After USA Cycling recently fired the anti-doping researcher Dr. Paul Dimeo of Stirling University, as the head of its anti-doping committee, the appropriate role of academia in elite sports governance has again been questioned. While some academic research in the anti-doping field may seem unconventional or disagreeable to everyday participants in sports, academia is nevertheless where new technologies, innovative approaches or radical restructuring of ideas often originate. And there is an active and vocal community of scholars around the world studying the subject of anti-doping methods. While formal anti-doping policy continues to focus simply on catching the cheater, this academic research is beginning to utilize new data and modeling tools, in subject matter areas as diverse as public health and pharmaceutical manufacturing, to identify and suggest broader policy change.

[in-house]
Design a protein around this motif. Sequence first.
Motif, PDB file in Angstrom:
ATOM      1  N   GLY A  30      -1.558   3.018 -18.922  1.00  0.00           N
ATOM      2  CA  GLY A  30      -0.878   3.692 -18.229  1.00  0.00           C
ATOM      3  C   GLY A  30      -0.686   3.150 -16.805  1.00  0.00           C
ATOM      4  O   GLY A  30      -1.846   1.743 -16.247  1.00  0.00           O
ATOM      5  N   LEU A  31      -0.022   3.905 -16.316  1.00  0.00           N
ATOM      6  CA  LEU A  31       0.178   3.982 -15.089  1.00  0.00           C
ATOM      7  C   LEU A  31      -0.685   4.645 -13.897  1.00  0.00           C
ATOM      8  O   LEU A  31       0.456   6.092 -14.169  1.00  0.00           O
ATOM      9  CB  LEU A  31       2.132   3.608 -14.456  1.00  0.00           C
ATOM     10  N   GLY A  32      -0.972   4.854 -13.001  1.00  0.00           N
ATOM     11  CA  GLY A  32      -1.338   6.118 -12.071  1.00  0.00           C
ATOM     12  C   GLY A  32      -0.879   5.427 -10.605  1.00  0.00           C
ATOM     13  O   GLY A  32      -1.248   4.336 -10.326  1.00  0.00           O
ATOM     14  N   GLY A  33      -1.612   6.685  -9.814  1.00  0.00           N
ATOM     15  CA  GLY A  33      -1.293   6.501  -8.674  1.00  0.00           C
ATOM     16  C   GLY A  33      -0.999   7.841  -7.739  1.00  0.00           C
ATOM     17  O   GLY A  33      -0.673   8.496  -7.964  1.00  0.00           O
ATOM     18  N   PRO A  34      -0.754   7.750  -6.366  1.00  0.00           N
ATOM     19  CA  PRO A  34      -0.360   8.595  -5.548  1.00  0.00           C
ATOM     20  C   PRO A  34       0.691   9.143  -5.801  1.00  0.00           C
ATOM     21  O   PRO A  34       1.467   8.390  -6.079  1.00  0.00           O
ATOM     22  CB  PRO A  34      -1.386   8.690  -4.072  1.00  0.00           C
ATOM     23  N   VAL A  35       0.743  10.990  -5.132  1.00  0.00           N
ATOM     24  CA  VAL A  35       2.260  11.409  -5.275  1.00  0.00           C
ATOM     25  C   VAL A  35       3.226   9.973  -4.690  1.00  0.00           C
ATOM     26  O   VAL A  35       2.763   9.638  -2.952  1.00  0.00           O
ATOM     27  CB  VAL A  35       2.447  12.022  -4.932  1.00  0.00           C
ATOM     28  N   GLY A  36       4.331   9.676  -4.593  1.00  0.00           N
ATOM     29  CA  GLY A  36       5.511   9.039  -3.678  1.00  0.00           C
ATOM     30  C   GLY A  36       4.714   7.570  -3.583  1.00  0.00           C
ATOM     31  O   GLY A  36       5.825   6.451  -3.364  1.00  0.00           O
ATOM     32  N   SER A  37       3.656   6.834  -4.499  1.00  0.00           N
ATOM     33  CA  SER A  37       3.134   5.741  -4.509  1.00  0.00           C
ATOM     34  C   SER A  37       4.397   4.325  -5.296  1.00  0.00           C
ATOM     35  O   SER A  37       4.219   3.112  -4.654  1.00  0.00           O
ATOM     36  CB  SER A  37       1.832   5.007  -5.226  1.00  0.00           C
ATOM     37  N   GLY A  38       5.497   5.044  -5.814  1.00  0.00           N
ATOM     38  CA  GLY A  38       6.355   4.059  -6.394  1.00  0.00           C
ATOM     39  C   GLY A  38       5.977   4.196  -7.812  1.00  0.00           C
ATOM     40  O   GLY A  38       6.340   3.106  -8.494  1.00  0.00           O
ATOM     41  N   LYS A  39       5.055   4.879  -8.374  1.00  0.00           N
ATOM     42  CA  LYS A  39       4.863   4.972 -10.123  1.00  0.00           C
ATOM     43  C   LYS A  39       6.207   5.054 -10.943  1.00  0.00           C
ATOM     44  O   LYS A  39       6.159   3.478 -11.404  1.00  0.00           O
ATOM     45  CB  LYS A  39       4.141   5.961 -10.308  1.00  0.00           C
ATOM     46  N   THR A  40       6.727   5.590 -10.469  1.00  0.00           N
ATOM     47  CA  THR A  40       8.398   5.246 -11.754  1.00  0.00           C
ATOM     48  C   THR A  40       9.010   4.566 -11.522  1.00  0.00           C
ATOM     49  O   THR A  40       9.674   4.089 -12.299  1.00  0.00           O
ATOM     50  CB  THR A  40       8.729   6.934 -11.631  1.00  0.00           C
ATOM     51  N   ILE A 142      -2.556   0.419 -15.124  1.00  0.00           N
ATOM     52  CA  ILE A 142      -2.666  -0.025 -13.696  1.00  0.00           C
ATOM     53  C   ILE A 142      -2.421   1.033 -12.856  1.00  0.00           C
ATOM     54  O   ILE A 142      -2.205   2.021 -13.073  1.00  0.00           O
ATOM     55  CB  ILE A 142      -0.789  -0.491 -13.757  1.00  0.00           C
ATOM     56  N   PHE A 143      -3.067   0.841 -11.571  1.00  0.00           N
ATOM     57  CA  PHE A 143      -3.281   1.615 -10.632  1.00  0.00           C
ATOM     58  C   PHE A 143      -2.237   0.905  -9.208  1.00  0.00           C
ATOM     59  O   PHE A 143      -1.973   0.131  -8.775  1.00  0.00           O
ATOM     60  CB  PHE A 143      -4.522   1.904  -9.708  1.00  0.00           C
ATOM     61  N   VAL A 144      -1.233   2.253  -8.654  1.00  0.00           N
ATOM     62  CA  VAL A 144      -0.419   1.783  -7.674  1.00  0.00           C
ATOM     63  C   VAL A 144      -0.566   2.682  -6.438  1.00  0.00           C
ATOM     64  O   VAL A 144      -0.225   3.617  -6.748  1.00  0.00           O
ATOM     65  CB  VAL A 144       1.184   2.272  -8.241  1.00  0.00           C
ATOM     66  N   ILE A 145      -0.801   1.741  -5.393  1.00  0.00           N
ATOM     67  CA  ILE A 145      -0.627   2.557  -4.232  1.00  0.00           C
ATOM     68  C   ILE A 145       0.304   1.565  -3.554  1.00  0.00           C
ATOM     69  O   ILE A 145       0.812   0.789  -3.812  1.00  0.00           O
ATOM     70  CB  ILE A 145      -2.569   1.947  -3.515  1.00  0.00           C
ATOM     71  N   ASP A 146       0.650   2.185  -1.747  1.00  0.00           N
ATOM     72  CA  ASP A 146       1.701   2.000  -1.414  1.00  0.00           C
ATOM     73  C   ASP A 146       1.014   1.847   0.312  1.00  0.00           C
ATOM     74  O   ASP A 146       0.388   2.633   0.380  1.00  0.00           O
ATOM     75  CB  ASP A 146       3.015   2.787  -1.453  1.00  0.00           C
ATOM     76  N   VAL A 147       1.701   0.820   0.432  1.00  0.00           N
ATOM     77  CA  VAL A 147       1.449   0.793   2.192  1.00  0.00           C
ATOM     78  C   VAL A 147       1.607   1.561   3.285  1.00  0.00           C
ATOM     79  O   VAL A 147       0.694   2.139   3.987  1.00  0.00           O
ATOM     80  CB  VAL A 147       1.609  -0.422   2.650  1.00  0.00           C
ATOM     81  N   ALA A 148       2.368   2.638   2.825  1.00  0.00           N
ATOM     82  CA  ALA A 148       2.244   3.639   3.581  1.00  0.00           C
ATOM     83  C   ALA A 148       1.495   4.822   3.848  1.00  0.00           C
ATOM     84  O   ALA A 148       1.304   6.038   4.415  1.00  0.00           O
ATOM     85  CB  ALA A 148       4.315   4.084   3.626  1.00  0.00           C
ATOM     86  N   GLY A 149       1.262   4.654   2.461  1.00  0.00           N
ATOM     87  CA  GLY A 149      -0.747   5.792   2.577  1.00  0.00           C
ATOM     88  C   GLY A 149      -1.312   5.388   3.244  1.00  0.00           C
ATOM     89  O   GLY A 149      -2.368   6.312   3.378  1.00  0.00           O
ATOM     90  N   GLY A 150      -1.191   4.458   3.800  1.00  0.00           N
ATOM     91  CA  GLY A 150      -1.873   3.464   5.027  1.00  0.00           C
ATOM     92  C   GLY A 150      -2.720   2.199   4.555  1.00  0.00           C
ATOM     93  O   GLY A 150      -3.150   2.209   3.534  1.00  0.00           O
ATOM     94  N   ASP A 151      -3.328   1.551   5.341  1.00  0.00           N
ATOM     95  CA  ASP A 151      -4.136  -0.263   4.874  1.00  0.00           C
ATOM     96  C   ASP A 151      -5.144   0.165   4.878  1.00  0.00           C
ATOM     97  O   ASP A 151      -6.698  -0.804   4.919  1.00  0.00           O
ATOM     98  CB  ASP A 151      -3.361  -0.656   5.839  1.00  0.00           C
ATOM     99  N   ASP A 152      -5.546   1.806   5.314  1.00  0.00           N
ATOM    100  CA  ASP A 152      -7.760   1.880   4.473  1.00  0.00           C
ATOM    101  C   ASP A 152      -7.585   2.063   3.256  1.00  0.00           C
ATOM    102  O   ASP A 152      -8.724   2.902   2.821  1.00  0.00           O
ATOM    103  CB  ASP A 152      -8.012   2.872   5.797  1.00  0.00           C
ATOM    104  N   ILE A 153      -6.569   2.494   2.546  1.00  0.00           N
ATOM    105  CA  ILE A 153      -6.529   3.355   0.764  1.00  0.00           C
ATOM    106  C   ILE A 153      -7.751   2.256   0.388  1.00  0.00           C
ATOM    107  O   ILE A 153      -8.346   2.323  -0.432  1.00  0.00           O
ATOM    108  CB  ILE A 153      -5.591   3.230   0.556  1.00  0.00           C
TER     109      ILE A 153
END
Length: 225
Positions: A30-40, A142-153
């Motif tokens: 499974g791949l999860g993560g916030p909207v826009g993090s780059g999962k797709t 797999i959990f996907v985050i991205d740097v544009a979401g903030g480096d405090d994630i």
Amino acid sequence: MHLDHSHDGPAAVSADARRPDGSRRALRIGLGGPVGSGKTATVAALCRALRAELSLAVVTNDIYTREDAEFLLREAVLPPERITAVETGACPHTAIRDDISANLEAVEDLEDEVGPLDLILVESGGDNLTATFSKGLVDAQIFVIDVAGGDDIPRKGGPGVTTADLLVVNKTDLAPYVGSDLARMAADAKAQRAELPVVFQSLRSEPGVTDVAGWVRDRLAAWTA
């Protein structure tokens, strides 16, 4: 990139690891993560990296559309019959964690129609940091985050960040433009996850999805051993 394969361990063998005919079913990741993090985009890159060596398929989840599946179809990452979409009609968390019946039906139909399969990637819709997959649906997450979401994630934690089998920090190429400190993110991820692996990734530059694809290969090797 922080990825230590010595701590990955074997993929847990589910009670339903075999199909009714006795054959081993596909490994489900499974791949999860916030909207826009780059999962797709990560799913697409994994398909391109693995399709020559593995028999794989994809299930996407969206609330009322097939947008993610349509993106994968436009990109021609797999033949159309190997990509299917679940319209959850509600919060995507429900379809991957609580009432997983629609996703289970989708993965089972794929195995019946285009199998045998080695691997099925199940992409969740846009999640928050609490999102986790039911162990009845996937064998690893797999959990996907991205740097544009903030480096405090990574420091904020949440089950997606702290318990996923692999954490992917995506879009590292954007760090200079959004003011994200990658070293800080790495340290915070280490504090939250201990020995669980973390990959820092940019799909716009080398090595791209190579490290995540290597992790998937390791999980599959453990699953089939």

Stopping the proliferation of cheating in sport is a goal no one in cycling would disagree with. In the short-term, USAC’s decision to fully commit to and communicate zero-tolerance is an important statement for American cycling, and reinforces the organization’s public image. At the same time however, academic researchers are trying to become more active in the actual sport – to leave their ivory tower and test ideas in the real world. And for this process to work productively, says Dimeo, there needs to be an acceptance “that research requires objectivity, and objectivity requires freedom of expression.” Unfortunately, this is where academia and the real world sometimes collide – and with real-world consequences like those observed in the USAC-Dimeo conflict.
To read The Outer Line’s detailed overview and analysis of this situation – both in microcosm and in the big picture – please click here.